How MIC is using AI to improve the next generation of trade management software

News 24 June 2024

Find out how MIC is developing new AI-enhanced solutions to improve the efficiency of critical customs management tasks.

Artificial intelligence (AI) is set to be one of the biggest trends of the coming years across many aspects of Software-as-a-Service. We recently looked at what advancements in Generative AI (GenAI) are likely to mean for trade management software, but we also wanted to share a few of the things that MIC is doing in this space to improve the offerings for customers and make life easier.

These efforts are being led by MIC's Data Science team, which has been a dedicated division of the company since 2020. Its Team Lead Clemens Kriechbaumer explained that the goal of this is to build a platform to "develop, train, and serve AI models, supporting various use cases in customs and global trade on our MIC cloud platform".

So what does this mean in practice? Here are a few of the steps MIC is currently undertaking to integrate AI into its operations and better service customers.

Using AI to meet customer demands

Clemens noted that there has already been significant interest from MIC's customers in AI, and in particular the opportunities offered by Large Language Model (LLM) based Generative AI (GenAI). For instance, one area in which the Data Science team has been working is implementing this technology into MIC’s customs tariff classification solution (MIC CCS).

Assigning the right customs tariff number for every product in each country a company operates in is critical for calculating duties and correctly applying free trade agreements. Even with the right software to assist, this can still be a highly complex process. However, with AI, these activities can be greatly streamlined.

Clemens said: "Recently, we trained AI models for one of the largest German eCommerce providers using 650,000 items and over 3.1 million product images, employing state-of-the-art techniques such as fine-tuning multi-modal foundation models."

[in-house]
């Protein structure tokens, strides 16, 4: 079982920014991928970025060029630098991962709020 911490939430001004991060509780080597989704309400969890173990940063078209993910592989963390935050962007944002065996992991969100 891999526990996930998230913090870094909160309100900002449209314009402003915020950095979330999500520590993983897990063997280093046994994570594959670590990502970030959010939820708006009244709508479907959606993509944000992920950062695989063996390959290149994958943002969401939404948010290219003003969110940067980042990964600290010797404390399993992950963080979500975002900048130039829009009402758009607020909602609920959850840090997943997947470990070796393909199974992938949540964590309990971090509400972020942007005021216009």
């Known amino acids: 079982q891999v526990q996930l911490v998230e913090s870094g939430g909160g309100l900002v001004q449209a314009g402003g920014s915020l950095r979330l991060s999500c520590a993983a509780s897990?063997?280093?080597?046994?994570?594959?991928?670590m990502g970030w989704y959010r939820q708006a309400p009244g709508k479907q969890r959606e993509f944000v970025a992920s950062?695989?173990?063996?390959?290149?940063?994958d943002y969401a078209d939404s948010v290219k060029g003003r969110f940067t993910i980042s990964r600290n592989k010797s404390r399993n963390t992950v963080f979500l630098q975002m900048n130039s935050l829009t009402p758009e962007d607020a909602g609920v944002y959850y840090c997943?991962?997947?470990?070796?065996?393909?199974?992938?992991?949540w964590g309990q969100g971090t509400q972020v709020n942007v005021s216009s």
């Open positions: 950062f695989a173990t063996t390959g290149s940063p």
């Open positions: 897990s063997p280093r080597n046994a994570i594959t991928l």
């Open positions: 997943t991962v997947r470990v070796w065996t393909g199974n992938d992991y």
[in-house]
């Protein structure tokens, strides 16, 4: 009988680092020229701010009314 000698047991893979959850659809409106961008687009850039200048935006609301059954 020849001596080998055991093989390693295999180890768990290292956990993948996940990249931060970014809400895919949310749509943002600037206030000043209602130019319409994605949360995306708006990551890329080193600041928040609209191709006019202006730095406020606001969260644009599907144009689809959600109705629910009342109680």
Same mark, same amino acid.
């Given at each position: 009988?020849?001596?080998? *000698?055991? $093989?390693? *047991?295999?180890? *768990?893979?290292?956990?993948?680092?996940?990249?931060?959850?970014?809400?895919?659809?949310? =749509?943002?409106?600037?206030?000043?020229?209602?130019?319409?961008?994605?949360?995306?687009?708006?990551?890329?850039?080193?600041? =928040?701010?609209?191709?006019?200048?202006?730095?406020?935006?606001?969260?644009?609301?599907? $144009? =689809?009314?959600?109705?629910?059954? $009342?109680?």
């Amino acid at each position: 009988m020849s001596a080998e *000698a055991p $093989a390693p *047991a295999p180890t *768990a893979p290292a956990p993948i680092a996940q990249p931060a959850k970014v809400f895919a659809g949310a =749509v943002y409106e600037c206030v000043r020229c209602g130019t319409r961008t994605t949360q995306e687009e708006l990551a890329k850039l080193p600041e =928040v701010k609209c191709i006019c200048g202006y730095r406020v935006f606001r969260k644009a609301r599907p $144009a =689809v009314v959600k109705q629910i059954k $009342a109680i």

Elsewhere, MIC is also developing chatbots that can enable interaction with customs tariff content. These are able to assist users with product tariff classification using natural language to improve productivity.

"It is also conceivable to have AI-powered co-pilots for customs declarations, supporting the processing by providing suggestions and instructions for various fields," Clemens continued.

What tools are MIC using to implement AI?

MIC's AI platform and infrastructure is based around Kubernetes, which includes dedicated hardware resources such as GPUs to support the training, development, and serving of AI and machine learning models. This gives MIC a long-term foundation to support and integrate AI into our products as the company looks to identify more potential use cases and enhance them with AI.

Clemens noted that it isn't only in customer-facing software that MIC is embracing AI. The technology is also being used behind the scenes to aid in software development. He said that tools such as AI co-pilots have helped significantly reduce the time needed to solve problems during development, greatly increasing the team's overall productivity.

A roadmap for the future of AI at MIC

In addition to the development of an assistant for customs tariff classification, which is similar to ChatGPT but focused on customs and global trade applications, MIC is exploring how existing open-source LLMs can be fine-tuned for use in customs-specific applications, such as handling legal documentation.

"Creating a domain-specific foundation model while maintaining its innate capabilities is an innovation we will implement sooner rather than later," Clemens explained. "Fine-tuning an LLM in a casual language modeling sense for a classification task might allow us to successfully train a model on mixed data from multiple customers."

The next step will also include educating users about what AI is capable of, and what it needs in order to be successful. At the moment, this knowledge is still limited, so Clemens noted it will be vital to improve on this to ensure the success of future AI initiatives.

"It's crucial to explain and educate our customers about AI for our business and the importance of having extensive historical data available to train the models," he stated.